Two days ago, an article in The Australian – ‘BackTrack project saving kids from lockup’ – featured the work of Bernie Shakeshaft, founder and manager of BackTrack Youth Works in Armidale. The article, which raised important points about keeping kids out of jail and working on alternative solutions to incarceration, mentioned how Bernie and the team at BackTrack commonly ask young people who join the program about their hopes and dreams in life. ‘It takes them a while to answer,’ noted Bernie, ‘because they’re not used to hearing that [question].’
The story of BackTrack and the emergence of Bernie’s hugely successful programs in Armidale and further afield are documented in my memoir Wild Boys: A Parent’s Story of Tough Love (UQP), and Bernie’s comment about ‘hopes and dreams’ reminded me of a chapter in Wild Boys called ‘The Scent of an Idiot’, some of which I’ll share below:
Excerpt from Wild Boys: A Parent’s Story of Tough Love (pp. 11-12)
One day, as Bernie and I sat together on the concrete ledge outside the shed, I’d asked him what the boys were like when he first met them. He shook his head and grimaced: ‘They were the wildest bunch of hoorangs you’re likely to come across!’
I laughed at his pained expression. He found his tobacco and rolled a cigarette, his habitual way of settling in for a chat.
‘There were some damaged kids in that group,’ said Bernie, his voice low. ‘It was almost too late to start with them. Hard-core kids, on the edge of going inside for violent bashings, already identified as hopeless troublemakers, a lot of them living away from home. For sixteen years they’d heard the only thing that matters is getting a school certificate, only to be told: “It’s all bullshit. You guys aren’t going to get there.”’ Bernie gave a scornful huff. ‘The schools hadn’t worked on the strengths and dreams of those kids.’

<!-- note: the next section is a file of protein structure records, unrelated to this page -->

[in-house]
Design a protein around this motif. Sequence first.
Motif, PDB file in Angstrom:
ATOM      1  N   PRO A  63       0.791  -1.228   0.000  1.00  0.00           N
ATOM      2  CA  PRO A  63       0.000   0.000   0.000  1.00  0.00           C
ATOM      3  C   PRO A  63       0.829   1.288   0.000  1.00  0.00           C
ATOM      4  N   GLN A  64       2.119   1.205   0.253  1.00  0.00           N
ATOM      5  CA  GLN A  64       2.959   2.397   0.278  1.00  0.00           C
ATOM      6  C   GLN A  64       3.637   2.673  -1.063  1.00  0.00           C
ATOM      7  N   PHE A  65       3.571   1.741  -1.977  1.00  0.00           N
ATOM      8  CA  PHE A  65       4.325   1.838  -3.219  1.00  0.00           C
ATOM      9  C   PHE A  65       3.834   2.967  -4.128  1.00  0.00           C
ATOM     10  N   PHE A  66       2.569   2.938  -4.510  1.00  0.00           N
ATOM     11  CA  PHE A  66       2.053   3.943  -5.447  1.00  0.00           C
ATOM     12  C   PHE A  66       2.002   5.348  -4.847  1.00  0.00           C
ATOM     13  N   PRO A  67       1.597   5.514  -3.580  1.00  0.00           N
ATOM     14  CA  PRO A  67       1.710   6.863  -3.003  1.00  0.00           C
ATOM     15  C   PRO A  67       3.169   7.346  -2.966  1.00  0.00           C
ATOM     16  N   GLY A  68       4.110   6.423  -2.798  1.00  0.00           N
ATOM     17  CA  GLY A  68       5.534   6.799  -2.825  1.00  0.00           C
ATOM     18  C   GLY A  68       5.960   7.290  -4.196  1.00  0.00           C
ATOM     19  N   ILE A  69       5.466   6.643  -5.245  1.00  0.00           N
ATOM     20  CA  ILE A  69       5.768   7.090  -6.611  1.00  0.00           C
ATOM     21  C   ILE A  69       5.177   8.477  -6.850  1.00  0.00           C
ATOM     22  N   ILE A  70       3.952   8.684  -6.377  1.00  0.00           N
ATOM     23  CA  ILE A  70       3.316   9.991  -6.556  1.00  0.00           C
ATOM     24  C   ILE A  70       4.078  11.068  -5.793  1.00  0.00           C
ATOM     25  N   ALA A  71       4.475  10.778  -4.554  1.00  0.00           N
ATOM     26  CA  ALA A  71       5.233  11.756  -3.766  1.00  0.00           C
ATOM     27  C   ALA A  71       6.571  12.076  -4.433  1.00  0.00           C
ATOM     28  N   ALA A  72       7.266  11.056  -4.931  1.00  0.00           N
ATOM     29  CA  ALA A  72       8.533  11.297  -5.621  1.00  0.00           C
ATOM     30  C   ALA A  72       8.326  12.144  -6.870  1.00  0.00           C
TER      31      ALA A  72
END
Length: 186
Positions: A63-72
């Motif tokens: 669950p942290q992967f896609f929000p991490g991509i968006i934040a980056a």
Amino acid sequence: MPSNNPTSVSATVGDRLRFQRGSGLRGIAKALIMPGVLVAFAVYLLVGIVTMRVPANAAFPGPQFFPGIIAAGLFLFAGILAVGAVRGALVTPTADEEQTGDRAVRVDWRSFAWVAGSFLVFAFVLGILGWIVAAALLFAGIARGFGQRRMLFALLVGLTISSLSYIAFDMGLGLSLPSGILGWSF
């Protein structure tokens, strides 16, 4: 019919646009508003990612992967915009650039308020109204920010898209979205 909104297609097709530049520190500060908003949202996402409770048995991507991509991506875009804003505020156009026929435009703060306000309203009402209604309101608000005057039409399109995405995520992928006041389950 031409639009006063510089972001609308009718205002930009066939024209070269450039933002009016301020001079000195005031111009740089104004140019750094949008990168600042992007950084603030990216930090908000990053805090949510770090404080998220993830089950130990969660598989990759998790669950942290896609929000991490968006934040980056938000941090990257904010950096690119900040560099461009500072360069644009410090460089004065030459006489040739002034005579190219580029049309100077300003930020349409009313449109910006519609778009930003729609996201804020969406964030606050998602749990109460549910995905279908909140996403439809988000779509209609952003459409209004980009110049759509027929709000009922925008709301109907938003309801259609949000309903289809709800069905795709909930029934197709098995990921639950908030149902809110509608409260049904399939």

He paused for a moment to light his smoke. ‘It was like getting a bag full of wild cats and letting them out in one room where they couldn’t escape. The schools kept saying I had to stick with the rules … that the boys weren’t allowed to smoke or swear.’ Bernie whistled through his teeth. ‘For Christ’s sakes, you send me twenty of your wildest boys – all full-on swearers and smokers and blasphemers – and tell me to enforce the school rules? It was wild!’ He grinned, his face alive with the memory. ‘We had knives pulled in the welding shed, and just as soon as you’d be finished with the knife incident, the boss-man from the college would be yelling, “What the hell is that kid doing up on top of that three-storey building!” The boys would show up black and blue, on the piss and smoking bongs. Not all of them ended up here at the shed – some did well, some not so well. One of them died, another’s in jail.’
‘It’s hard to believe the boys were like that.’ I thought of Thommo with his quiet dignity. ‘Was Thommo that wild?’
Bernie rolled his eyes and groaned. ‘He was the craziest! He and his mates were riding bikes into poles and dropping garbage bins on each other’s heads from the highest roof at school. Whatever someone did that was dangerous, Thommo did something double-dangerous. Thommo wouldn’t just jump off the third storey of the building – he’d want to jump through three sheets of glass as well. Taking it to extremes. Crazy self-mutilation stuff.’
We sat quietly for a moment.
‘I did a lot of that as a kid myself,’ said Bernie. ‘Hardly a bone in my body I haven’t broken – from having no fear or need for self-preservation. Dealing with those kids rang a lot of bells for me because, all those years ago, I would’ve been one of those wild cats let out of the bag.’